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Movie Review: “Ricki and the Flash”

Starring
Meryl Streep, Mamie Gummer, Sebastian Stan, Kevin Kline, Rick Springfield, Ben Platt
Director
Jonathan Demme

It’s been seven long years since director Jonathan Demme’s last narrative feature film, “Rachel Getting Married.” Over the course of his career, Demme has captured a variety of human emotions and experiences, whether in his thrillers, dramas or rock concert documentaries, and he returns to the big screen once again with the deeply human, honest and heartfelt film, “Ricki and the Flash,” written by fellow Oscar winner Diablo Cody (“Juno”).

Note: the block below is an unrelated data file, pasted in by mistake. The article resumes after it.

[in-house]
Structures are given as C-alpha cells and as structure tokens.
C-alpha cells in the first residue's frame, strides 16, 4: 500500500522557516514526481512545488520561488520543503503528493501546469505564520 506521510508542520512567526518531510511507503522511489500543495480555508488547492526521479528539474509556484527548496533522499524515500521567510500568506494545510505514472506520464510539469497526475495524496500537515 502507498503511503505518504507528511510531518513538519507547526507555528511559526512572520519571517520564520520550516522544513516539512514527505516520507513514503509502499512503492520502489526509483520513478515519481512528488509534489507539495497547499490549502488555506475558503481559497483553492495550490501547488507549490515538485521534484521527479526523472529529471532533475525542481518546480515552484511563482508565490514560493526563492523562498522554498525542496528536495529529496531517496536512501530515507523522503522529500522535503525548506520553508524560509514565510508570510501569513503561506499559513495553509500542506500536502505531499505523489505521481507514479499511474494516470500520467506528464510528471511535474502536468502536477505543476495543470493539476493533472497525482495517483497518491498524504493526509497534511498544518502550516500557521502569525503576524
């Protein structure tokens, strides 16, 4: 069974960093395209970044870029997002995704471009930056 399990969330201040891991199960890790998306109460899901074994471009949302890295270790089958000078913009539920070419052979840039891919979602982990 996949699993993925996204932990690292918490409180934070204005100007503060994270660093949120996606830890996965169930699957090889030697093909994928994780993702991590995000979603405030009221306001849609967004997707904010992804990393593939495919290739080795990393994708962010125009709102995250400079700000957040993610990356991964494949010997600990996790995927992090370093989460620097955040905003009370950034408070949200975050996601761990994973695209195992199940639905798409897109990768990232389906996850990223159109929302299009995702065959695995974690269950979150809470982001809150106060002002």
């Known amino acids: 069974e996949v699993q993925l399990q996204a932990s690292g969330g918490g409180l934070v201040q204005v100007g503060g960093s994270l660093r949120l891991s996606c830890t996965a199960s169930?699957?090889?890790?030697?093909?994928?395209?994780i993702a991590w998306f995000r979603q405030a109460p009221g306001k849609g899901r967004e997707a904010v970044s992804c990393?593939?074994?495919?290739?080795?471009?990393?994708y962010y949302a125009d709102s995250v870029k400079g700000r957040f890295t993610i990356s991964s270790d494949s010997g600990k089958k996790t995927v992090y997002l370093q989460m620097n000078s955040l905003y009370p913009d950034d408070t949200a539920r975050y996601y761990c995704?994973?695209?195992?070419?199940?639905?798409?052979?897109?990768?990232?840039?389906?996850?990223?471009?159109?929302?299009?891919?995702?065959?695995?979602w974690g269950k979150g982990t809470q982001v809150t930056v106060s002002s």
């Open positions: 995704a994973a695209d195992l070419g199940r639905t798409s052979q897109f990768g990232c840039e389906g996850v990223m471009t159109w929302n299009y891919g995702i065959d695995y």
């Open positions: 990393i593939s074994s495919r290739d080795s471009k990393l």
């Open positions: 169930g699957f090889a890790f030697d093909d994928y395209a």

Ricki Rendazzo (Meryl Streep) isn’t exactly living her dream. The once-promising musician, now in her 60s, works in a grocery store while also performing at a half-empty bar at night. She hasn’t let failure stop her, though. Ricki still goes on stage giving everything she’s got, even when the rocker has to sing Lady Gaga for the young crowds. Unfortunately, the same can’t be said of her relationship with her three kids, who are all grown up and off living their lives without her. But when her daughter, Julie (real-life daughter Mamie Gummer), hits rock bottom after her husband leaves her for another woman, Ricki – who still sports leather pants and no shortage of jewelry – gets a second chance at being a mother by confronting her past mistakes in an attempt to finally be a part of her childrens’ lives.